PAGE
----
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With Trump Meeting Business in Tokyo, Japan Pitches Its UN Peacekeeping Commitment

By Matthew Russell Lee, Text here on Patreon

UNITED NATIONS, November 5 – In the run up to the UN Peacekeeping meeting in Canada in a week's time, Canada still hasn't made its long promised commitment to UN DPKO and other countries are trying to find or re-find their role, like Japan. Ending a deployment in South Sudan, duty logs went missing and a Defense Minister had to resign. Now those remaining are pitching Japan's continuing commitment, while US President Donald J. Trump is in Tokyo, meeting now with business people. Here is the list: "Japanese Company Executives
ANA Holdings
Mitsubishi UFJ, Ltd.
Bridgestone Corp.
DENSO Corporation
Fujifilm Corporation
Hitachi, Ltd.
Honda Motor Co., Ltd.
JERA Co., Inc.
Mitsubishi Chemical
Mitsubishi Heavy Industries
Mitsui & Co., Ltd.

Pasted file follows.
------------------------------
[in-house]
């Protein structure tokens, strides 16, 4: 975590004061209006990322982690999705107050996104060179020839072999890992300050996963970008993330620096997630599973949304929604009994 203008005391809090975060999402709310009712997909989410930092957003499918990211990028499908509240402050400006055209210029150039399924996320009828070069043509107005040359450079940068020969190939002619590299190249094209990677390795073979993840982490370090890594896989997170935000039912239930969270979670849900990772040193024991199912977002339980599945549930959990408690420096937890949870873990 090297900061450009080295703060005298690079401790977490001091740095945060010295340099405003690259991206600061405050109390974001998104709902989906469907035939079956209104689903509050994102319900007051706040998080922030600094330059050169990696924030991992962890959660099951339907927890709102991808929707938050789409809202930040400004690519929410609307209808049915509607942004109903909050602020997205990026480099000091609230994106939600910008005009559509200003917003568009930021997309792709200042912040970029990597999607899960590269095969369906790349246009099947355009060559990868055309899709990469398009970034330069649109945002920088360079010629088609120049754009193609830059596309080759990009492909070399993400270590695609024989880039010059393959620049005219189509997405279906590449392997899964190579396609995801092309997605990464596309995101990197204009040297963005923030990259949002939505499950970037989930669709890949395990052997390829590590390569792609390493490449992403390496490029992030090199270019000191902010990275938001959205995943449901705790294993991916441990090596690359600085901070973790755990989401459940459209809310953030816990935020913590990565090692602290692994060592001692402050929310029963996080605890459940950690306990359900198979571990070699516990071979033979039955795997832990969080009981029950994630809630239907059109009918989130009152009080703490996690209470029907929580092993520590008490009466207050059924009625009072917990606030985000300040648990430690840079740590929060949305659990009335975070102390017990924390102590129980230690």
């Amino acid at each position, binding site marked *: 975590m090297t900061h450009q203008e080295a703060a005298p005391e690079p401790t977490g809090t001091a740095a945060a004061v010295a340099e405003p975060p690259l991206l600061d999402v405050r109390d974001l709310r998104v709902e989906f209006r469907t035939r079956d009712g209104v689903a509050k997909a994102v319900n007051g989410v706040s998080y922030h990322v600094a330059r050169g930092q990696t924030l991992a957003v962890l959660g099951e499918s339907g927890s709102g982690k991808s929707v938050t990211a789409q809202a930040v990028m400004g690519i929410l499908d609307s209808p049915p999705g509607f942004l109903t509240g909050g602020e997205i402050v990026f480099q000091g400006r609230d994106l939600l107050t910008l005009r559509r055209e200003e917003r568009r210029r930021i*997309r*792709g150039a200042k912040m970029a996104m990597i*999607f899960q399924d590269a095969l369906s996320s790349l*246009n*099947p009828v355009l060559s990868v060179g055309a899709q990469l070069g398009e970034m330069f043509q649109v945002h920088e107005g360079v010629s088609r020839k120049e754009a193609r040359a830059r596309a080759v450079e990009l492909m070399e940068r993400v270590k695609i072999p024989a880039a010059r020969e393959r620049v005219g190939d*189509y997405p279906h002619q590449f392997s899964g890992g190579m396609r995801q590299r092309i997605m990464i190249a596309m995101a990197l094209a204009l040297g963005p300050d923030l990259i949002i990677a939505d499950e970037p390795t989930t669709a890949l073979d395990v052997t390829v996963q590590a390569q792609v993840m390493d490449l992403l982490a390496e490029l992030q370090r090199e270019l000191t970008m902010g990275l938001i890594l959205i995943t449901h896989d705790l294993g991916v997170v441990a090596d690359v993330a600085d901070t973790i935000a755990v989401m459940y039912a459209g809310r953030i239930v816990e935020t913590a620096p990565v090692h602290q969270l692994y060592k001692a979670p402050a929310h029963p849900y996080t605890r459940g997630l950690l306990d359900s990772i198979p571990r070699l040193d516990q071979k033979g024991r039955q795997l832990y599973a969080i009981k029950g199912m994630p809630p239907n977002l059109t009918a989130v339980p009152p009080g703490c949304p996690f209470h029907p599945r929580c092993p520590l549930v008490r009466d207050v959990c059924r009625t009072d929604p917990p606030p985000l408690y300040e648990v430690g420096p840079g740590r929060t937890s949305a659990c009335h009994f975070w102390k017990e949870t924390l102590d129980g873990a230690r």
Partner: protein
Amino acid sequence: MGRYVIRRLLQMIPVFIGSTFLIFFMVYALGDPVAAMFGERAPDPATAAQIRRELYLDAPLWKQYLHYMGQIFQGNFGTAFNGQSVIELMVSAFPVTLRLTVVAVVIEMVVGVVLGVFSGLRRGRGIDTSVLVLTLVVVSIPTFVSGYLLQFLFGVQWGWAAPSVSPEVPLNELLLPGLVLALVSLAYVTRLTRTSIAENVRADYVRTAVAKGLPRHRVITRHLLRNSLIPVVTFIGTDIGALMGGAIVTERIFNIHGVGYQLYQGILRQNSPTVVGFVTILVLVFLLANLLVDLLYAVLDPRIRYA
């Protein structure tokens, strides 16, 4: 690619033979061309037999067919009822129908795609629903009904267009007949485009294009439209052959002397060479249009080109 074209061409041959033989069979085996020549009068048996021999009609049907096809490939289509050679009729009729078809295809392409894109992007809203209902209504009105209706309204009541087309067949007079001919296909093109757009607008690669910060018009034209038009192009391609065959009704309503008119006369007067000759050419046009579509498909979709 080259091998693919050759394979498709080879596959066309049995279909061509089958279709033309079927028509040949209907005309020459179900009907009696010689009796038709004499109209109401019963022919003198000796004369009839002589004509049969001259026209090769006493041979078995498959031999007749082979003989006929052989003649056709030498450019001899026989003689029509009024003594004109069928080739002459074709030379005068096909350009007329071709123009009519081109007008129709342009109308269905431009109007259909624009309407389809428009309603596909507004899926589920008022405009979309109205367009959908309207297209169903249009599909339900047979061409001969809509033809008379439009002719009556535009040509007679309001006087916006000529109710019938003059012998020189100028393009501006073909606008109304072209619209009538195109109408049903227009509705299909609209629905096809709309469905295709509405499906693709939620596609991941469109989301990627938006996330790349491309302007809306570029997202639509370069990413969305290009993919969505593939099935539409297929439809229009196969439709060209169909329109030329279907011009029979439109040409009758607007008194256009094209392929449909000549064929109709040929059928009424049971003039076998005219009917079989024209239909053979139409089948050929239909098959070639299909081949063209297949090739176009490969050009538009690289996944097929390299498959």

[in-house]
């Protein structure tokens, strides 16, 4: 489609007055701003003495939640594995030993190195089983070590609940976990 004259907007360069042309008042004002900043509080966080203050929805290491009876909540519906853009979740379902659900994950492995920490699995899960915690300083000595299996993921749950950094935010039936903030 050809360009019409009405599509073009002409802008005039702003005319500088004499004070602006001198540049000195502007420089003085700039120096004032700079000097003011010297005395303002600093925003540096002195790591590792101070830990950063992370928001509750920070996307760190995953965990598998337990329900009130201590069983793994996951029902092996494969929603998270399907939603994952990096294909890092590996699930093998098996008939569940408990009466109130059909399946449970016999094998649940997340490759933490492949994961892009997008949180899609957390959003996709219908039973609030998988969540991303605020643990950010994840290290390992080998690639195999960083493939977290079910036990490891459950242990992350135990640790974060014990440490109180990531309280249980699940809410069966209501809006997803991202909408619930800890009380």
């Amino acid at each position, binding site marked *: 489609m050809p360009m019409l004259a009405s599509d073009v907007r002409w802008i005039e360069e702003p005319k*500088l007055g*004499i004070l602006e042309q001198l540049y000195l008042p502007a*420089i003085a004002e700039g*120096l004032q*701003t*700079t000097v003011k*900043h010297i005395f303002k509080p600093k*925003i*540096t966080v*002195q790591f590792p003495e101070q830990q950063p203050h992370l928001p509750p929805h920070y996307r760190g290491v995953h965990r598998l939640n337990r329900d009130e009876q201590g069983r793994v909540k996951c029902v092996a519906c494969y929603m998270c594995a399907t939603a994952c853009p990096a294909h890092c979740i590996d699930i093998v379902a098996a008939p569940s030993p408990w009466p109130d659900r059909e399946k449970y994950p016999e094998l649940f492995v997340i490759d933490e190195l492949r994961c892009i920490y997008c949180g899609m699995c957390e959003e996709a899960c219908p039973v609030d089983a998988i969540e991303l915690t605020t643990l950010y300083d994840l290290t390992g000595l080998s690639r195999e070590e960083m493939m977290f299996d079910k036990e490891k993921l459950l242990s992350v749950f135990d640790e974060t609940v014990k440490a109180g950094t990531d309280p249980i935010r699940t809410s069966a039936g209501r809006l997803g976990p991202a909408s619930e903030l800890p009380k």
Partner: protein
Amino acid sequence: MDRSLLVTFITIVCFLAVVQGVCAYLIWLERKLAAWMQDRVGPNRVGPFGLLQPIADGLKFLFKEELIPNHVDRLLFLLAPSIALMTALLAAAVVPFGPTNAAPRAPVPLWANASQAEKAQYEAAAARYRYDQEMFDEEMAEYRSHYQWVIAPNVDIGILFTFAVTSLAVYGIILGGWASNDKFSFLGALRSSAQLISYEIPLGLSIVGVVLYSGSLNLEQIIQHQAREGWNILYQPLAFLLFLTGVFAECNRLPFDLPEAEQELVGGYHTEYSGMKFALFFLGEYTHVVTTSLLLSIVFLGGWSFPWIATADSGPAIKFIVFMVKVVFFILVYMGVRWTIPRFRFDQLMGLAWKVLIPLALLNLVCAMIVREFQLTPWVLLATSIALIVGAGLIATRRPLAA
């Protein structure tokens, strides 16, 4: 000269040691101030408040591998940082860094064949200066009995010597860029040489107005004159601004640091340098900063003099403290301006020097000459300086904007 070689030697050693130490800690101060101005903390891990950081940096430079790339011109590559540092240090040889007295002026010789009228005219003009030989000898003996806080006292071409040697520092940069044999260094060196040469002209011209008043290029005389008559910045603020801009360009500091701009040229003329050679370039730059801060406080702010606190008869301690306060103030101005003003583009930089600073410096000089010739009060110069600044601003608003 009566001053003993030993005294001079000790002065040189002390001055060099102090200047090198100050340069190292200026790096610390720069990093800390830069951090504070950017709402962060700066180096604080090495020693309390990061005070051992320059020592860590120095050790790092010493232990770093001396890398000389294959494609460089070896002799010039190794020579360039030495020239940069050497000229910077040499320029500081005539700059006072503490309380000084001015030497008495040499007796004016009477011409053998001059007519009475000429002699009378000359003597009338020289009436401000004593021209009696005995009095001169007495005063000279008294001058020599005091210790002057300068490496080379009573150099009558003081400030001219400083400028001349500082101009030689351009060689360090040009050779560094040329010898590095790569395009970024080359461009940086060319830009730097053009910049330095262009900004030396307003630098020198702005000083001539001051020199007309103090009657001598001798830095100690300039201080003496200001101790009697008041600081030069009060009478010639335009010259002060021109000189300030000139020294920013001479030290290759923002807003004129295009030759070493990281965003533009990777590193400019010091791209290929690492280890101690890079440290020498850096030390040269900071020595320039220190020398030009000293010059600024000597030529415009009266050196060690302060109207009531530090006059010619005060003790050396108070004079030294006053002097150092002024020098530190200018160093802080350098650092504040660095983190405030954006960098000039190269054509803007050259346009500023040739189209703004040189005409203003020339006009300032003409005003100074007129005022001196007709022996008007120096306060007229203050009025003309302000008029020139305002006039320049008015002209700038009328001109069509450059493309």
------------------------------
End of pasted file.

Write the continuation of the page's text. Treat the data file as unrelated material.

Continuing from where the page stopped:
Nissan Motor Company Ltd.
Softbank Group Corp.
Suntory Group
Toyo Tire and Rubber Co.
Yamazaki Baking Co., Ltd.
U.S. Company Executives
Boeing Japan K.K.
Dow Japan & Korea
Eli Lilly
Intel K.K.
Johnson & Johnson K.K.
Lockheed Martin Japan
MetLife Insurance K.K.
Morgan Stanley Japan
Japanese Company Executives: Names
1. Mr. Shinya Katanozaka, President
2. Mr. Nobuyuki Hirano,President & Group CEO,
3. Chairman Mr. Masaaki Tsuya, CEO and Chairman
4. Mr. Nobuaki Katoh, Chairman
5. Mr. Shigetaka Komori, Chairman and CEO
6. Mr. Hiroaki Nakanishi, Executive Chairman
7. Mr. Takahiro Hachigo, President
8. Mr. Toshifumi Watanabe, President
9. Mr. Yuji Kakimi, President
10. Mr. Masamichi Kogai, President and CEO
11. Dr. Yoshimitsu Kobayashi, Chairperson
12. Mr. Shunichi Miyanaga, President and CEO
13. Mr. Masami Iijima, Chairman
14. Mr. Hiroto Saikawa, President and CEO
15. Mr. Masayoshi Son, Chairman and CEO
16. Mr. Takeshi Niinami, CEO
17. Mr. Takahasi Shimizu, President and CEO
18. Dr. Nobuhiro Iijima, President
U.S. Company Executives: Names
1. Mr. Hiroshi Saito, Country Manager
2. Mr. Brett Gerry, President
3. Mr. Peter Jennings, President
4. Mr. Patrik Jonsson, President and Representative Director
5.Ms. Makiko Eda, Representative Director and President
6. Mr. Tamotsu Hiiro, President
7. Mr. Charles (Chuck) Jones, Chief Executive
8. Mr. Sachin Shah, Chairman, President, and CEO

9. Mr. Jonathan Kindred CEO." On peacekeeping, this set up on what the UN has said about the summit: o